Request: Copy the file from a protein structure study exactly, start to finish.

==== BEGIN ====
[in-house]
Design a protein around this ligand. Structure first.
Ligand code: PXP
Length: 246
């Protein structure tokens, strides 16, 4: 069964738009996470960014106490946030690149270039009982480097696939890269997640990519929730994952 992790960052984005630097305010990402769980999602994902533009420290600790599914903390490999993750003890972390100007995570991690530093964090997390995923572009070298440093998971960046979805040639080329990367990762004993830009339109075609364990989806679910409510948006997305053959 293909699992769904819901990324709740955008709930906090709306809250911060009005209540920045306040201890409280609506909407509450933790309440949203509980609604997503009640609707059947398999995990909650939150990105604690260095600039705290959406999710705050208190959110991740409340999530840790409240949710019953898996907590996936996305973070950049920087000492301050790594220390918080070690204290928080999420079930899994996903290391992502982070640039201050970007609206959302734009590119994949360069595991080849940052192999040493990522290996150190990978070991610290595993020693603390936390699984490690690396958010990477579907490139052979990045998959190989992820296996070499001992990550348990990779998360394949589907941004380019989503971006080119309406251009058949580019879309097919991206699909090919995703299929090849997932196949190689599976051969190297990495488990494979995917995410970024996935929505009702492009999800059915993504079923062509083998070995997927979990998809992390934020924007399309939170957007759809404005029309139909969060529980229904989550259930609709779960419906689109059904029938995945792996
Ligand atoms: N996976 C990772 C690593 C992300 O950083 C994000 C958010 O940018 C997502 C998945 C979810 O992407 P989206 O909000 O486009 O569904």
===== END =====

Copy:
[in-house]
Design a protein around this ligand. Structure first.
Ligand code: PXP
Length: 246
């Protein structure tokens, strides 16, 4: 069964738009996470960014106490946030690149270039009982480097696939890269997640990519929730994952 992790960052984005630097305010990402769980999602994902533009420290600790599914903390490999993750003890972390100007995570991690530093964090997390995923572009070298440093998971960046979805040639080329990367990762004993830009339109075609364990989806679910409510948006997305053959 293909699992769904819901990324709740955008709930906090709306809250911060009005209540920045306040201890409280609506909407509450933790309440949203509980609604997503009640609707059947398999995990909650939150990105604690260095600039705290959406999710705050208190959110991740409340999530840790409240949710019953898996907590996936996305973070950049920087000492301050790594220390918080070690204290928080999420079930899994996903290391992502982070640039201050970007609206959302734009590119994949360069595991080849940052192999040493990522290996150190990978070991610290595993020693603390936390699984490690690396958010990477579907490139052979990045998959190989992820296996070499001992990550348990990779998360394949589907941004380019989503971006080119309406251009058949580019879309097919991206699909090919995703299929090849997932196949190689599976051969190297990495488990494979995917995410970024996935929505009702492009999800059915993504079923062509083998070995997927979990998809992390934020924007399309939170957007759809404005029309139909969060529980229904989550259930609709779960419906689109059904029938995945792996
Ligand atoms: N996976 C990772 C690593 C992300 O950083 C994000 C958010 O940018 C997502 C998945 C979810 O992407 P989206 O909000 O486009 O569904």